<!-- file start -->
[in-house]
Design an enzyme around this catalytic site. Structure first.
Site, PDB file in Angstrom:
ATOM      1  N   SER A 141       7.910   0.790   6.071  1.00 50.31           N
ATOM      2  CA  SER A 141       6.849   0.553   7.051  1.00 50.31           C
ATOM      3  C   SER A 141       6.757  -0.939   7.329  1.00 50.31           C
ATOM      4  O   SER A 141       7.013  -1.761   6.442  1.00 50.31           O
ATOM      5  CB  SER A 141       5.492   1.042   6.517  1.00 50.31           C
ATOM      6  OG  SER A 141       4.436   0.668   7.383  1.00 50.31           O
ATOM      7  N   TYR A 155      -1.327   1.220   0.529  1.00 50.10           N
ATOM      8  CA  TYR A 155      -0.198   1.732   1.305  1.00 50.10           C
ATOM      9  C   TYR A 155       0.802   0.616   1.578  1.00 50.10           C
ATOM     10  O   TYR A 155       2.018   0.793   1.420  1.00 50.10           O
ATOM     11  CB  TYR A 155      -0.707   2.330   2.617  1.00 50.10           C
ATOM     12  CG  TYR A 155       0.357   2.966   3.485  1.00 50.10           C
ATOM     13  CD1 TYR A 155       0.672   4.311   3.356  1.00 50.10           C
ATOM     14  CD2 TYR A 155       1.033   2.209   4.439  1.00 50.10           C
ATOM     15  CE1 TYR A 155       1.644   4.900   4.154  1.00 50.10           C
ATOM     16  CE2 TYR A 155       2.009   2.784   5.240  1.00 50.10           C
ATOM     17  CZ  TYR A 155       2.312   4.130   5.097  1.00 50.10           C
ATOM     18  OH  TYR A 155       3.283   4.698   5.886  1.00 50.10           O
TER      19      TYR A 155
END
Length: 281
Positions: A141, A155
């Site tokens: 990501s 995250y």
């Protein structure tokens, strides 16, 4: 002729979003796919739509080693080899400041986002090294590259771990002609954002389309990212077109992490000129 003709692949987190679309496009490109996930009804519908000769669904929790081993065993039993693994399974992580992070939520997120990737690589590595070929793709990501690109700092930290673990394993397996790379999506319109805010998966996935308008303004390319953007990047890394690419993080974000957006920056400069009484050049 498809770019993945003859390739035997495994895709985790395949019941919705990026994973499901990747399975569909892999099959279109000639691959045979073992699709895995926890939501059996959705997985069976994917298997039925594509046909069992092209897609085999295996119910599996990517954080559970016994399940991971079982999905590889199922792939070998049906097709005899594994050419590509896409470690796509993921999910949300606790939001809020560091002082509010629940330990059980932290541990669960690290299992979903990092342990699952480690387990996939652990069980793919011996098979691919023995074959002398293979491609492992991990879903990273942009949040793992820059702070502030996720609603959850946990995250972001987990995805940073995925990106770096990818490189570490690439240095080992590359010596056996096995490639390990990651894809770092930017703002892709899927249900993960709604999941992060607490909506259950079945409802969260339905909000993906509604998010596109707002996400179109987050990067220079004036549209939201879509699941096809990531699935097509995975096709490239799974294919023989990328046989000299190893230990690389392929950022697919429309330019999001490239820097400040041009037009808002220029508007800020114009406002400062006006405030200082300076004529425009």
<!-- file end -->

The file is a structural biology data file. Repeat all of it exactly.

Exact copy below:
[in-house]
Design an enzyme around this catalytic site. Structure first.
Site, PDB file in Angstrom:
ATOM      1  N   SER A 141       7.910   0.790   6.071  1.00 50.31           N
ATOM      2  CA  SER A 141       6.849   0.553   7.051  1.00 50.31           C
ATOM      3  C   SER A 141       6.757  -0.939   7.329  1.00 50.31           C
ATOM      4  O   SER A 141       7.013  -1.761   6.442  1.00 50.31           O
ATOM      5  CB  SER A 141       5.492   1.042   6.517  1.00 50.31           C
ATOM      6  OG  SER A 141       4.436   0.668   7.383  1.00 50.31           O
ATOM      7  N   TYR A 155      -1.327   1.220   0.529  1.00 50.10           N
ATOM      8  CA  TYR A 155      -0.198   1.732   1.305  1.00 50.10           C
ATOM      9  C   TYR A 155       0.802   0.616   1.578  1.00 50.10           C
ATOM     10  O   TYR A 155       2.018   0.793   1.420  1.00 50.10           O
ATOM     11  CB  TYR A 155      -0.707   2.330   2.617  1.00 50.10           C
ATOM     12  CG  TYR A 155       0.357   2.966   3.485  1.00 50.10           C
ATOM     13  CD1 TYR A 155       0.672   4.311   3.356  1.00 50.10           C
ATOM     14  CD2 TYR A 155       1.033   2.209   4.439  1.00 50.10           C
ATOM     15  CE1 TYR A 155       1.644   4.900   4.154  1.00 50.10           C
ATOM     16  CE2 TYR A 155       2.009   2.784   5.240  1.00 50.10           C
ATOM     17  CZ  TYR A 155       2.312   4.130   5.097  1.00 50.10           C
ATOM     18  OH  TYR A 155       3.283   4.698   5.886  1.00 50.10           O
TER      19      TYR A 155
END
Length: 281
Positions: A141, A155
């Site tokens: 990501s 995250y």
């Protein structure tokens, strides 16, 4: 002729979003796919739509080693080899400041986002090294590259771990002609954002389309990212077109992490000129 003709692949987190679309496009490109996930009804519908000769669904929790081993065993039993693994399974992580992070939520997120990737690589590595070929793709990501690109700092930290673990394993397996790379999506319109805010998966996935308008303004390319953007990047890394690419993080974000957006920056400069009484050049 498809770019993945003859390739035997495994895709985790395949019941919705990026994973499901990747399975569909892999099959279109000639691959045979073992699709895995926890939501059996959705997985069976994917298997039925594509046909069992092209897609085999295996119910599996990517954080559970016994399940991971079982999905590889199922792939070998049906097709005899594994050419590509896409470690796509993921999910949300606790939001809020560091002082509010629940330990059980932290541990669960690290299992979903990092342990699952480690387990996939652990069980793919011996098979691919023995074959002398293979491609492992991990879903990273942009949040793992820059702070502030996720609603959850946990995250972001987990995805940073995925990106770096990818490189570490690439240095080992590359010596056996096995490639390990990651894809770092930017703002892709899927249900993960709604999941992060607490909506259950079945409802969260339905909000993906509604998010596109707002996400179109987050990067220079004036549209939201879509699941096809990531699935097509995975096709490239799974294919023989990328046989000299190893230990690389392929950022697919429309330019999001490239820097400040041009037009808002220029508007800020114009406002400062006006405030200082300076004529425009």